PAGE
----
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Archbishop hits health funding delays: 'Unacceptable to church'


HEALTH services in Papua New Guinea are suffering because the Government is not releasing funds promptly.

Chairman of Catholic Church Health Services, Archbishop Stephen Reichert, expressed his disappointment that the release of salary and operational funds to the churches is frequently delayed.

“We welcome the government’s commitment to health care in the latest budget.

“However, we urge the government to release funds on time to churches who run health facilities in partnership with the government Department of Health, Archbishop Reichert said.

“Over the past 18 months there have been frequent delays in the release of salary and operational grants for church-run facilities.

“As a result, many church health workers are not paid for up to two or three months at a time.  Surely this injustice and violation of the rights of church health care providers is avoidable, “ he said.

“The constant delay in funding is unacceptable to the Church and disrespectful to the Church health workers who provide lifesaving services.”

Archbishop Reichert said the churches provide close to 50% of all health care in Papua New Guinea.

In remote and rural areas, where the majority of the people live, that figure increases to around 80%.

“I often hear that the government seeks to work in closer partnership with churches.  Catholic Church Health Services welcomes this,” he said.

“By providing health services, the churches actually save the government money, but more importantly, they provide health services to people in areas the government cannot reach.

“On the government’s part a clear expression of partnership is to pay the churches on time, every time and according to budget so that the churches can pay their workers on time.

“The frequent late release of salary and operational grants is puzzling.  Doesn’t government care about church health care providers and their families?  Doesn’t government care about the health of the people these health workers serve?   We are given no explanation,” he said.

“Church health workers are highly committed people who often work in difficult and sometimes dangerous situations.

“The very late payment of salaries, in particular, has adverse impacts on morale and performance.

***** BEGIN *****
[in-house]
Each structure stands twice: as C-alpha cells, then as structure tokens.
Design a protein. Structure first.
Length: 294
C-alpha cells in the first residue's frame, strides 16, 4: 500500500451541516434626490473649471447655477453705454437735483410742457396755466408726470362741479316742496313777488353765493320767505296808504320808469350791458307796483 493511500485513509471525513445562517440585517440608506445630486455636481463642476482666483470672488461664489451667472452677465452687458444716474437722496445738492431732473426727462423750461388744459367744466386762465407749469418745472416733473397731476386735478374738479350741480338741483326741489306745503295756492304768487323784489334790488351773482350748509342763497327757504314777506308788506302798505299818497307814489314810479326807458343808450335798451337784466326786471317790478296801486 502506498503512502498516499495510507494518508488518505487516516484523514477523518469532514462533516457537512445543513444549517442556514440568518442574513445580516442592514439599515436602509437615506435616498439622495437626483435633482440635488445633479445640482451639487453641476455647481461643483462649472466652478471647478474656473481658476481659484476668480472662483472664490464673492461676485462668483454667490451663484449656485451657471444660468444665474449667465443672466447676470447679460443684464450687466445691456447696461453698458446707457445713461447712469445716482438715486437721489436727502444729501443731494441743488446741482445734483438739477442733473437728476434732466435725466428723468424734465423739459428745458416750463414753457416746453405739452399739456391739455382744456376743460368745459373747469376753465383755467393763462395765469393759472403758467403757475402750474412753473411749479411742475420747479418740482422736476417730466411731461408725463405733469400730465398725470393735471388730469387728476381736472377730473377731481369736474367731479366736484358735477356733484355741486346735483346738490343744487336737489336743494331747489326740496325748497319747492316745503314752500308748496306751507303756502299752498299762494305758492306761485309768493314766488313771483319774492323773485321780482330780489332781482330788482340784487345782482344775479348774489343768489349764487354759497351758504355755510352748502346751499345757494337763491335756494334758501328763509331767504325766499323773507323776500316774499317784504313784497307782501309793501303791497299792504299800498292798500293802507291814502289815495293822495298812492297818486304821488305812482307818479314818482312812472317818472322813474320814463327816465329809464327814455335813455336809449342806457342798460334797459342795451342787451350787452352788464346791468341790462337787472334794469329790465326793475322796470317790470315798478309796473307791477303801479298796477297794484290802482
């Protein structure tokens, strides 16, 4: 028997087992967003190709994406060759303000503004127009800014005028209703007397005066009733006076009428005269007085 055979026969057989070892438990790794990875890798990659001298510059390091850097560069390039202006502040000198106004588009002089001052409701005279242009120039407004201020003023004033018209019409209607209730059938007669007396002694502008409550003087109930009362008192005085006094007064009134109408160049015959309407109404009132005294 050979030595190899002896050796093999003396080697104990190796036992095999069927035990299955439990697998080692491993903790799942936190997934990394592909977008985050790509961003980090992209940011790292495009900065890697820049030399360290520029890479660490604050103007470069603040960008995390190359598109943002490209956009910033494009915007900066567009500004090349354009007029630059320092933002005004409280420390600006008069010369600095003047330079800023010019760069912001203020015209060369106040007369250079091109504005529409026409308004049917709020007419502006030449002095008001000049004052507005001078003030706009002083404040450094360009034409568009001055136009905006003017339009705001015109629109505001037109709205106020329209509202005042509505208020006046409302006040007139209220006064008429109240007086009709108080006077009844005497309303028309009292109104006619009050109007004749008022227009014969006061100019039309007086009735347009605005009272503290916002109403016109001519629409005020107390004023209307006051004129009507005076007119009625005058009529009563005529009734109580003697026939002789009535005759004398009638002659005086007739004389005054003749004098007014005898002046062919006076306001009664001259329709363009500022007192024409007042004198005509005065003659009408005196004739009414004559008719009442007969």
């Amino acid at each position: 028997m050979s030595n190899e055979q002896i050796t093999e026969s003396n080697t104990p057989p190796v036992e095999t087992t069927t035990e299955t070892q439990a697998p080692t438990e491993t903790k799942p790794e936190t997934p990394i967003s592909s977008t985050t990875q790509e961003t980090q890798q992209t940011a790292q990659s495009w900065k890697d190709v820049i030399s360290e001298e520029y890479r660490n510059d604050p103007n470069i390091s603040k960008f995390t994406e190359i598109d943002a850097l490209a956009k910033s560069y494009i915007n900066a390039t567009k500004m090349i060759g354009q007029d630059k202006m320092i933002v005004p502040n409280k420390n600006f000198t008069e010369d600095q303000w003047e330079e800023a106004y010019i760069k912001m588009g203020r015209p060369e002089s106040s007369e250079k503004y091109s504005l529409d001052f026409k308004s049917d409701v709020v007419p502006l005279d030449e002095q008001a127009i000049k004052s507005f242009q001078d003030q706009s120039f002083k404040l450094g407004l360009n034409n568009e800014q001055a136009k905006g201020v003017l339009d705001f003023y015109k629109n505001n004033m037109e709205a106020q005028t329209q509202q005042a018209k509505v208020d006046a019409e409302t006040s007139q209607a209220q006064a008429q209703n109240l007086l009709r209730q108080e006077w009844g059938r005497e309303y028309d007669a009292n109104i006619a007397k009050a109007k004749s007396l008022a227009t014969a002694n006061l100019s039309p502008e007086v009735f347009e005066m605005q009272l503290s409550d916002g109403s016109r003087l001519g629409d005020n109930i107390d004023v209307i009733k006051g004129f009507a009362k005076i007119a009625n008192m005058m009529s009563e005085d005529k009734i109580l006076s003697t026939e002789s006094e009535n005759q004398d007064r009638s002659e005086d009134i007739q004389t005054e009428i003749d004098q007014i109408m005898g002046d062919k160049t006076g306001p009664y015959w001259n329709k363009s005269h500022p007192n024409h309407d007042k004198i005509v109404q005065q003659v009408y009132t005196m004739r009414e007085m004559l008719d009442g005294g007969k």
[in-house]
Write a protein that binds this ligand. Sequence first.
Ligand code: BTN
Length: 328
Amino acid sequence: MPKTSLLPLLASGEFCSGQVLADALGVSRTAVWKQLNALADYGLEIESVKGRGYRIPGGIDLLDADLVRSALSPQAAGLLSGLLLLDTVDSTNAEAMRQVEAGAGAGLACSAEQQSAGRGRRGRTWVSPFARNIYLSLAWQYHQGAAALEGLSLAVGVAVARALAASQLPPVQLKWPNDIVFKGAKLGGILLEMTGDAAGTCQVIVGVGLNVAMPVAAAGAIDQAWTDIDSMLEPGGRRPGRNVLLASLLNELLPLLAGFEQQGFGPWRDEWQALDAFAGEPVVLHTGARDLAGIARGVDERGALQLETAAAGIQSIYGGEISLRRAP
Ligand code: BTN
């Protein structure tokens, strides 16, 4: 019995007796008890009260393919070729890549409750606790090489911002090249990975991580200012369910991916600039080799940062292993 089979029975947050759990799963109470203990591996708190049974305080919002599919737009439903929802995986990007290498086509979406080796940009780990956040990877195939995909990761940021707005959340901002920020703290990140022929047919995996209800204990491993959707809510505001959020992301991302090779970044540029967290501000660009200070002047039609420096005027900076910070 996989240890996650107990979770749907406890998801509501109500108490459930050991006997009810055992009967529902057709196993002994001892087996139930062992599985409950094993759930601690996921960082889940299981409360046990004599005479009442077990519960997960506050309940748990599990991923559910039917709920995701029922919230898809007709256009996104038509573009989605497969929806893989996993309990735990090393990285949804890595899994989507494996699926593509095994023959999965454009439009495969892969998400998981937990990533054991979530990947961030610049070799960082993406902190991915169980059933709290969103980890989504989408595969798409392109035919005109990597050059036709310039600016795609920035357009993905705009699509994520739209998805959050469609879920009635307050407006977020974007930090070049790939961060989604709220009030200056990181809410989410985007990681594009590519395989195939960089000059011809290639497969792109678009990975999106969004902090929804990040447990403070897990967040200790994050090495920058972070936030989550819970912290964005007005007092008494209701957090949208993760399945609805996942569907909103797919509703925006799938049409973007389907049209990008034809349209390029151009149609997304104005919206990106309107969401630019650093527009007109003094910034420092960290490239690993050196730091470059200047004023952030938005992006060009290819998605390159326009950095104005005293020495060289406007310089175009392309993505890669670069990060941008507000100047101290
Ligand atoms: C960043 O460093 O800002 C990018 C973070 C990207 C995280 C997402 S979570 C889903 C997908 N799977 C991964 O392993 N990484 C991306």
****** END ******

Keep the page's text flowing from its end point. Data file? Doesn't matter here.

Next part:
“If the government is truly handing down a budget for families and the whole community, it must meet its basic commitment of paying church health workers in a timely and just manner.”

Archbishop Reichert also noted that the government’s commitment of ensuring equal pay of church and government workers has not yet fully happened. 


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Paulus Ripa

In the rural areas the churches provide almost the only health services that function well. This is despite the usual problems of poor and delayed funding by the government.

The second problem is that many health facilities are funded at lower levels than their actual status. For instance Kudjip Nazarene Hospital and the Mingende Hospitals are still funded as health centres. Furthermore health centres are funded as if they are clinics.

The original agreement I believe (and I stand to be corrected) was that the government approached the churches to manage the health services whilst the funding would be from the government.

There should be legislation to ensure that the PNG government remunerates the entire health budget for the church health services as well as a certain management fee.

Kina for kina, the churches spend their money more efficiently.

Recently I was invited to the opening of the paediatric wing of the Mingende Hospital. From a K2 million grant they constructed several new buildings.

On the other hand, I was coming from Goroka where two old buildings were refurbished for the UPNG clinical school in Goroka for K8 million.

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